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|Publisher:||Penguin Publishing Group|
|Product dimensions:||5.90(w) x 9.00(h) x 1.10(d)|
|Age Range:||18 Years|
About the Author
Read an Excerpt
Ellen Homes was feeling jaunty, which was interesting because until recently she’d never found any use for the word jaunty. Sure, she’d read it, but with her particular brand of detached living, which excluded most conversations—or human interaction if at all possible—she’d never had a chance to try it out. Jaunty, Ellen decided, felt like a sunny day with a thrilling breeze, though in truth it was dark, only a couple of hours before dawn. She looked out the window of the bus at the deserted, gray, early a.m. sidewalks and suppressed a smile.
Not that anyone would see the fleeting expression. It wasn’t difficult to fall naturally into her old state of invisibility, not for someone with as much practice as herself. For over twenty years Ellen had developed the knack of being absent. It had begun simply, with seeking shadows and silence because the alternative was notice, which had never been a good thing for Ellen. Concentrating hard on withdrawing from the physical world, she would will herself to not be a part of it. Her diligence coupled with the fact that nobody in her life had ever wanted to see her had finally, and happily, resulted in the ability to virtually move though life invisibly.
At least it had until she’d run into Temerity—or, to be more accurate—until the blind girl had run into her. Without vision, Temerity had ‘seen’ Ellen in a way that Ellen was unprepared for, a way that lacked the judgment of physical appearance because for Temerity appearance had no meaning.
The bus shushed and roared in its bizarre syncopated way as it followed its familiar route. There was another word that Ellen had learned from Temerity—who was a musician—syncopate. “Oh, it means that the back beat, the weaker rhythm, changes and becomes stronger than the primary beat,” the violinist had explained when Ellen asked.
Syncopate, the weak becoming stronger. Ellen liked that. She wasn’t sure why exactly. It might have been the way the word felt as it came in out of her mouth with a rhythm of its own in three short, distinctive bursts. Sync-o-pate. But she suspected the more likely reason was that she just loved words. She had spent so much of her childhood hidden in closets and attics with only the characters of books to keep her company, that vocabulary and phrases had become her friends.
But Ellen was the most fascinated by honest human interaction. Observing and noting those exchanges had tethered her to the world, but loosely, anchoring her at a safe distance. To her, strangers weren’t just curiosities to Ellen, they were riveting. Ellen studied their minute behaviors and recorded their exchanges with each other in her lined notebooks. Life’s little snapshots, she called them. Turning from the window, she directed her attention to the other passengers and took out her notebook.
Almost directly across from Ellen, a woman and a child were slumped in their seats. They had the exhausted, malnourished look that Ellen recognized from her own neglected childhood. The girl was playing with a small plastic toy, but she looked up at the advertisements and pointed to an elaborate doll. Her mother glanced up and then shook her head wearily. The girl pleaded, clinging to her mother’s arm, until her mother shoved her and told her to stop being stupid.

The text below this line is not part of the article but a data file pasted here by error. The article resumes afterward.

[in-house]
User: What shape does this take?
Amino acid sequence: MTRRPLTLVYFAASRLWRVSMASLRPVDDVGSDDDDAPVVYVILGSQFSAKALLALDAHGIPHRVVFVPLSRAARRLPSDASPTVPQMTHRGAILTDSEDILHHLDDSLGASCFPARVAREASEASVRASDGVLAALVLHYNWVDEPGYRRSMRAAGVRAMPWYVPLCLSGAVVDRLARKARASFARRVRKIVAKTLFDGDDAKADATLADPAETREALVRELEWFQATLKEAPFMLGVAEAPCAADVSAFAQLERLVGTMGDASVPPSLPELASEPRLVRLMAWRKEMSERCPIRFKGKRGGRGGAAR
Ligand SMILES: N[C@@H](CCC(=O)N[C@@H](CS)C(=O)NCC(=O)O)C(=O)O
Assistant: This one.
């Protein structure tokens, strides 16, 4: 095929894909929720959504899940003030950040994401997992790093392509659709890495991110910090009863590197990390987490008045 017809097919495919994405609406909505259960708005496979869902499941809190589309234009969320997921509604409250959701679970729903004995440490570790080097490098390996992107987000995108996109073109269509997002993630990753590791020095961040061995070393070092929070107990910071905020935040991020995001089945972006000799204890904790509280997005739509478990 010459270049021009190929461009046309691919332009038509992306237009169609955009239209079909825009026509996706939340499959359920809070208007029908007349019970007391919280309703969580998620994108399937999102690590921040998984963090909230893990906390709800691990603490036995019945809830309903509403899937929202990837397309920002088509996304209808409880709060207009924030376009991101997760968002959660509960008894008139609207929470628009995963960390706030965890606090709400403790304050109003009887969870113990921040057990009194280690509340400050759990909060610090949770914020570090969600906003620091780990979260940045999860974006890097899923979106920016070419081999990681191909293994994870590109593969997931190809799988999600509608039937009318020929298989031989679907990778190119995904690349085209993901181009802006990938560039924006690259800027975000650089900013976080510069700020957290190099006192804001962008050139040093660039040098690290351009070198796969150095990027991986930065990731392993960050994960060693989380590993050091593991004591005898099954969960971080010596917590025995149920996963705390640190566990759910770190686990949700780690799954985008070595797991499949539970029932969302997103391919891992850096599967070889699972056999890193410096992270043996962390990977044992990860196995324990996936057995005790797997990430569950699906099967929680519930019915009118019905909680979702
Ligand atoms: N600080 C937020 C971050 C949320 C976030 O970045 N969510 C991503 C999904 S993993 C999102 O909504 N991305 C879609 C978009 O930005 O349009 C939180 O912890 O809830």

Frowning, Ellen wrote the exchange down in her notebook. But then she noticed something else. The mother’s tired gaze shifted again and again to the ad, and her own eyes filled with tears, which she wiped away angrily and then kissed the top of the girl’s head, and Ellen wrote, “Mother feels badly.”
As the bus pulled up to the next stop the doors opened and a very large white man, ruddy, and so big that he almost filled the aisle, lumbered up the steps where he stood aggressively scanning the other riders. Ellen slipped further down in her seat, and the man’s erratic, drug-altered gaze slid past her without so much as a pause—as usual. He rubbed his fingers against his thumbs rapidly and licked his lips. Ellen could see that he was extremely unstable, either mentally ill or under the influence of some strong drug. A young thin black man wearing jeans and a zipped leather jacket slipped around him and took a seat in the back.
The threatening stranger swayed slightly as the bus pulled away. Then he leaned down until his face was inches from an elderly passenger’s. He hissed, “Hey geezer, give me a dollar.”
The senior whimpered with fear and shook his head. “I don’t have any money. Please leave me alone.”
Ellen checked to see what the driver would do. She could see him watching furtively in the huge rear view mirror, but he maintained his neutrality.
In the center of the slightly raised row of seats along the back of the bus, Ellen noticed the young man in the leather jacket watching the bully with a blank face. It was the lack of expression that was notable—the absence of fear.
“What are you looking at?” the large man shouted down the bus at him.
“Nothing,” the man in the leather jacket responded, . “Less than nothing.”
Ellen decided she liked him.
The bully started toward him. “You want some of this?” He pounded his own chest with his fists.
“No,” the other responded lazily, suppressing a yawn. “I don’t want none of that.”
The driver finally spoke up. “Sir, I need you to take a seat,” he called out.